There are pieces, to be sure, that can be moved out. Defenseman Brenden Dillion is probably chief among the players who may be ripe for rehoming. Melker Karlsson likely fits the bill, too. If there are buyers for Tim Heed and Aaron Dell – though the latter seems remarkably unlikely – both could be moved, as well. Whether it’s middle-round picks or decent prospects or project players that come back the Sharks’ way, it’s all better than leaving this season without no hardware and watching those same players, all due to be unrestricted free agents in July, walk on the open market. If Thornton or Marleau wanted the opportunity to chase a Cup elsewhere, Wilson could also give them that chance. Maybe the returns are limited. But again, something is better than the nothing San Jose will get when one or both hang up their skates.
Admittedly, none of the assets the Sharks will receive in deals involving any of the aforementioned players nets San Jose will be transformative for the franchise. There will be no first-round picks, probably not even any second-rounders, and that’s going to sting a little more given the Sharks are already without their 2020 first-round pick, sent to the Ottawa Senators as part of the Erik Karlsson acquisition. What San Jose will get, however, are some of the potential secondary pieces that are necessary to surround their high-priced core. There's value in that, particularly given the Sharks will need some cost-efficient options.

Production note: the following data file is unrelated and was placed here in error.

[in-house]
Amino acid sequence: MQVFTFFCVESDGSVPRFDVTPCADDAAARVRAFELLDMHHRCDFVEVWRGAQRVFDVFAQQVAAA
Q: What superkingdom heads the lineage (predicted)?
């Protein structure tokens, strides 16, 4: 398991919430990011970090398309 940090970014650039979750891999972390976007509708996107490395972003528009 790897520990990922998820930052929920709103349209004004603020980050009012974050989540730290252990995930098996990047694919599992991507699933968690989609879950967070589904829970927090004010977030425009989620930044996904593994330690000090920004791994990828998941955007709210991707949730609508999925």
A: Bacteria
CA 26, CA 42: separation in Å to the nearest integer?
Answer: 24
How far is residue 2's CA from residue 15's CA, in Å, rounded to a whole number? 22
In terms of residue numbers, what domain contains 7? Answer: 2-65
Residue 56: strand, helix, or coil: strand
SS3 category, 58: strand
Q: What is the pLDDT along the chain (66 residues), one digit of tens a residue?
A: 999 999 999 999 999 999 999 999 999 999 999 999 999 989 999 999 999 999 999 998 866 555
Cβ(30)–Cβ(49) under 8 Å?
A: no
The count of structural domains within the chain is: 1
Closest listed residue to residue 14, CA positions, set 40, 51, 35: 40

And let's make clear that one year on the outside of the race – and one year selling – isn’t a death sentence. It doesn’t mean the Sharks will be mired in the basement for years to come. The last time San Jose missed the post-season, back in 2014-15, the Sharks followed it with a trip to the Stanley Cup final the next campaign and have appeared in the playoffs in all four seasons since. There’s no reason another season as sellers, which will be followed by a summer spent tinkering with and fine-tuning a roster that has plenty of top-end talent even if it does have its flaws, can’t be followed by a similar return to contention.
In order for that to happen, though, the Sharks need to accept that this season is beyond saving. Prior to the Couture injury, that might not have been the case. But in the aftermath, it almost certainly is.